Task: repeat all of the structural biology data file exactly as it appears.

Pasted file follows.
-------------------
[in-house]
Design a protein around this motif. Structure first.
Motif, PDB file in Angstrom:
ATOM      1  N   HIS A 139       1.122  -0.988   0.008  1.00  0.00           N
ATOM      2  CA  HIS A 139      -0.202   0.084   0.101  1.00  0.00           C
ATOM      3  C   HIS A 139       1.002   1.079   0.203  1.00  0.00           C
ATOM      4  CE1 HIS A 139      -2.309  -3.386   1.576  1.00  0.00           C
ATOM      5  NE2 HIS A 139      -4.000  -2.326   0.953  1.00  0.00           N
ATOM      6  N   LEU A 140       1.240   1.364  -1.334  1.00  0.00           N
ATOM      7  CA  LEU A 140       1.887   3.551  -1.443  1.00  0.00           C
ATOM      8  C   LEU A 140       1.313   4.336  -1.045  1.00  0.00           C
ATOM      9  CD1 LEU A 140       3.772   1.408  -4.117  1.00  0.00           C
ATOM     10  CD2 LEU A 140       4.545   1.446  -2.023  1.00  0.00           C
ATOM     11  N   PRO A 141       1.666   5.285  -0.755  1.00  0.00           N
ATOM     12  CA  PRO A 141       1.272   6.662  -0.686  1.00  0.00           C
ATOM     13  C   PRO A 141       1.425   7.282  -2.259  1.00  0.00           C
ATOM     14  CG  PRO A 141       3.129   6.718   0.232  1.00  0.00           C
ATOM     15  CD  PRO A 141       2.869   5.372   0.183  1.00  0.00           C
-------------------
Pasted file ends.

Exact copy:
[in-house]
Design a protein around this motif. Structure first.
Motif, PDB file in Angstrom:
ATOM      1  N   HIS A 139       1.122  -0.988   0.008  1.00  0.00           N
ATOM      2  CA  HIS A 139      -0.202   0.084   0.101  1.00  0.00           C
ATOM      3  C   HIS A 139       1.002   1.079   0.203  1.00  0.00           C
ATOM      4  CE1 HIS A 139      -2.309  -3.386   1.576  1.00  0.00           C
ATOM      5  NE2 HIS A 139      -4.000  -2.326   0.953  1.00  0.00           N
ATOM      6  N   LEU A 140       1.240   1.364  -1.334  1.00  0.00           N
ATOM      7  CA  LEU A 140       1.887   3.551  -1.443  1.00  0.00           C
ATOM      8  C   LEU A 140       1.313   4.336  -1.045  1.00  0.00           C
ATOM      9  CD1 LEU A 140       3.772   1.408  -4.117  1.00  0.00           C
ATOM     10  CD2 LEU A 140       4.545   1.446  -2.023  1.00  0.00           C
ATOM     11  N   PRO A 141       1.666   5.285  -0.755  1.00  0.00           N
ATOM     12  CA  PRO A 141       1.272   6.662  -0.686  1.00  0.00           C
ATOM     13  C   PRO A 141       1.425   7.282  -2.259  1.00  0.00           C
ATOM     14  CG  PRO A 141       3.129   6.718   0.232  1.00  0.00           C
ATOM     15  CD  PRO A 141       2.869   5.372   0.183  1.00  0.00           C